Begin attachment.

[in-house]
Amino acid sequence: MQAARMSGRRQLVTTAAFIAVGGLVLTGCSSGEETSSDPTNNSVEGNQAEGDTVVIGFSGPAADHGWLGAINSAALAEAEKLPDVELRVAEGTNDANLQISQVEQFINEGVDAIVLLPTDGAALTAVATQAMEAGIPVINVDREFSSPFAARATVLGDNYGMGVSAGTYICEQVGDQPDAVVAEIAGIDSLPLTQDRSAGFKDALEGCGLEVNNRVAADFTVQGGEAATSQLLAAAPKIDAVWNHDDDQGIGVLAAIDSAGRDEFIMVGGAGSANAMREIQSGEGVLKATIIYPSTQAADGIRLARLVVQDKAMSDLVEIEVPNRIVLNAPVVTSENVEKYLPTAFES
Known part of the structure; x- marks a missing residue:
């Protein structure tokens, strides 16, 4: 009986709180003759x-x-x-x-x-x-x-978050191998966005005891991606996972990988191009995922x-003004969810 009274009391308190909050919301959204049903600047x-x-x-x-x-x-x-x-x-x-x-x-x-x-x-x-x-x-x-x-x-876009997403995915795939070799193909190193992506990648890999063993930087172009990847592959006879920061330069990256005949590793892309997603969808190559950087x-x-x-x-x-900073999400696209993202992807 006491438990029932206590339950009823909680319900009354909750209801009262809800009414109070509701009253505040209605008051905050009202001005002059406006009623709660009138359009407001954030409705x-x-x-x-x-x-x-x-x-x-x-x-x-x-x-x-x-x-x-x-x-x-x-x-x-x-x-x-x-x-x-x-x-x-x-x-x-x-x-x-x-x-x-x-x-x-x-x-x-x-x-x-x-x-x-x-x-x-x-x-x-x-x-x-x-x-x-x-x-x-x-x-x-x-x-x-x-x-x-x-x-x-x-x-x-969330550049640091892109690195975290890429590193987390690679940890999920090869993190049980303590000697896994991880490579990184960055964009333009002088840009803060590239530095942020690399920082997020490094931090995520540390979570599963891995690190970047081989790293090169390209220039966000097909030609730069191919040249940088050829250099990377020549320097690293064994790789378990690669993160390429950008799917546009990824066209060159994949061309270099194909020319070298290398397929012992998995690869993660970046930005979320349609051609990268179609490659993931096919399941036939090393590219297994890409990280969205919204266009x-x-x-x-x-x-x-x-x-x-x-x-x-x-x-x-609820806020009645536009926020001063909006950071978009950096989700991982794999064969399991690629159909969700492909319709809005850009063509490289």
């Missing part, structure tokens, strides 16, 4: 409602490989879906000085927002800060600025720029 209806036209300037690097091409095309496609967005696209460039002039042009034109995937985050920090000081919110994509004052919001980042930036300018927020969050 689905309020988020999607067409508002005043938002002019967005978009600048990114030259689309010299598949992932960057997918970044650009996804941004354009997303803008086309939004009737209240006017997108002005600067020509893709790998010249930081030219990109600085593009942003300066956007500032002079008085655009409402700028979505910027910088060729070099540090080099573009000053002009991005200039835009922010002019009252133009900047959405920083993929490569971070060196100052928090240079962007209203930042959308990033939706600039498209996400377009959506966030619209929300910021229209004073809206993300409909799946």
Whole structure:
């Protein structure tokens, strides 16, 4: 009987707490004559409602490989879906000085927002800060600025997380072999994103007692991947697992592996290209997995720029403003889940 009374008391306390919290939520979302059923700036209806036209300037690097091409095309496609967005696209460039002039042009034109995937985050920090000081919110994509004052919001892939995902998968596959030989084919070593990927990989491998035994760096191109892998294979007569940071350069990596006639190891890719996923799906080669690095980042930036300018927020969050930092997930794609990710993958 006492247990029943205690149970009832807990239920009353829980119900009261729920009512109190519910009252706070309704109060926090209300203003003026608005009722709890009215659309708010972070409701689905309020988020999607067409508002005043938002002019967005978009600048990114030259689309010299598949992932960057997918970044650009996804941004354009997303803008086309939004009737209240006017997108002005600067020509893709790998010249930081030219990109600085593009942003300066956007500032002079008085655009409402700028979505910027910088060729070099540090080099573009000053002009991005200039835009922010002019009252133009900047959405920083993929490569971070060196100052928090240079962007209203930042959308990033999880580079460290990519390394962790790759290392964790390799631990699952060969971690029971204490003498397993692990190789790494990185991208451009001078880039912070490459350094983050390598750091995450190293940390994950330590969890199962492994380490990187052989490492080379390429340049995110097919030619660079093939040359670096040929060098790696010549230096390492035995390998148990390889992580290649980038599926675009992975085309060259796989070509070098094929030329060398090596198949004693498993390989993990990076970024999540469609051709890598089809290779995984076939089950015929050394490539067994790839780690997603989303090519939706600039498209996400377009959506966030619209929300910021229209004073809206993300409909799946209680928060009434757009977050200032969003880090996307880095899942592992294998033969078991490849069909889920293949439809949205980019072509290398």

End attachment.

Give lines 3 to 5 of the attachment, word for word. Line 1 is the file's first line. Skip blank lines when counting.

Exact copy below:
Known part of the structure; x- marks a missing residue:
């Protein structure tokens, strides 16, 4: 009986709180003759x-x-x-x-x-x-x-978050191998966005005891991606996972990988191009995922x-003004969810 009274009391308190909050919301959204049903600047x-x-x-x-x-x-x-x-x-x-x-x-x-x-x-x-x-x-x-x-x-876009997403995915795939070799193909190193992506990648890999063993930087172009990847592959006879920061330069990256005949590793892309997603969808190559950087x-x-x-x-x-900073999400696209993202992807 006491438990029932206590339950009823909680319900009354909750209801009262809800009414109070509701009253505040209605008051905050009202001005002059406006009623709660009138359009407001954030409705x-x-x-x-x-x-x-x-x-x-x-x-x-x-x-x-x-x-x-x-x-x-x-x-x-x-x-x-x-x-x-x-x-x-x-x-x-x-x-x-x-x-x-x-x-x-x-x-x-x-x-x-x-x-x-x-x-x-x-x-x-x-x-x-x-x-x-x-x-x-x-x-x-x-x-x-x-x-x-x-x-x-x-x-x-969330550049640091892109690195975290890429590193987390690679940890999920090869993190049980303590000697896994991880490579990184960055964009333009002088840009803060590239530095942020690399920082997020490094931090995520540390979570599963891995690190970047081989790293090169390209220039966000097909030609730069191919040249940088050829250099990377020549320097690293064994790789378990690669993160390429950008799917546009990824066209060159994949061309270099194909020319070298290398397929012992998995690869993660970046930005979320349609051609990268179609490659993931096919399941036939090393590219297994890409990280969205919204266009x-x-x-x-x-x-x-x-x-x-x-x-x-x-x-x-609820806020009645536009926020001063909006950071978009950096989700991982794999064969399991690629159909969700492909319709809005850009063509490289």
């Missing part, structure tokens, strides 16, 4: 409602490989879906000085927002800060600025720029 209806036209300037690097091409095309496609967005696209460039002039042009034109995937985050920090000081919110994509004052919001980042930036300018927020969050 689905309020988020999607067409508002005043938002002019967005978009600048990114030259689309010299598949992932960057997918970044650009996804941004354009997303803008086309939004009737209240006017997108002005600067020509893709790998010249930081030219990109600085593009942003300066956007500032002079008085655009409402700028979505910027910088060729070099540090080099573009000053002009991005200039835009922010002019009252133009900047959405920083993929490569971070060196100052928090240079962007209203930042959308990033939706600039498209996400377009959506966030619209929300910021229209004073809206993300409909799946």